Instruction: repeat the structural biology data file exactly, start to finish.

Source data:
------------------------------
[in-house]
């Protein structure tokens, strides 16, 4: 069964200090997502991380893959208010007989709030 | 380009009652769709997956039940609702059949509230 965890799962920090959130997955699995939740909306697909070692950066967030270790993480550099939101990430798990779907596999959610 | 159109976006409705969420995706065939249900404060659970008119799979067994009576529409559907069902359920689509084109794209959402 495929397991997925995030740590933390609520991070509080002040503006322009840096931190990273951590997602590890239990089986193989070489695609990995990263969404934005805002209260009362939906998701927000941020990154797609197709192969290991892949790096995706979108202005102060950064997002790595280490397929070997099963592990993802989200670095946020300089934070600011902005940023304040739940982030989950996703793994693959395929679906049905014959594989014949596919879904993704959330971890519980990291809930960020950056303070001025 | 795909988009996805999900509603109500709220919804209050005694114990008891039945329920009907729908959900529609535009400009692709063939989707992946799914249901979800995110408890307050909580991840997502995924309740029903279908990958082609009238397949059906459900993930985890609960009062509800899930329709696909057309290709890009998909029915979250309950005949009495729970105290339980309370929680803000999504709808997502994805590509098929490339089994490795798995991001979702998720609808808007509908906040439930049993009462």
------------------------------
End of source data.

[in-house]
């Protein structure tokens, strides 16, 4: 069964200090997502991380893959208010007989709030 | 380009009652769709997956039940609702059949509230 965890799962920090959130997955699995939740909306697909070692950066967030270790993480550099939101990430798990779907596999959610 | 159109976006409705969420995706065939249900404060659970008119799979067994009576529409559907069902359920689509084109794209959402 495929397991997925995030740590933390609520991070509080002040503006322009840096931190990273951590997602590890239990089986193989070489695609990995990263969404934005805002209260009362939906998701927000941020990154797609197709192969290991892949790096995706979108202005102060950064997002790595280490397929070997099963592990993802989200670095946020300089934070600011902005940023304040739940982030989950996703793994693959395929679906049905014959594989014949596919879904993704959330971890519980990291809930960020950056303070001025 | 795909988009996805999900509603109500709220919804209050005694114990008891039945329920009907729908959900529609535009400009692709063939989707992946799914249901979800995110408890307050909580991840997502995924309740029903279908990958082609009238397949059906459900993930985890609960009062509800899930329709696909057309290709890009998909029915979250309950005949009495729970105290339980309370929680803000999504709808997502994805590509098929490339089994490795798995991001979702998720609808808007509908906040439930049993009462």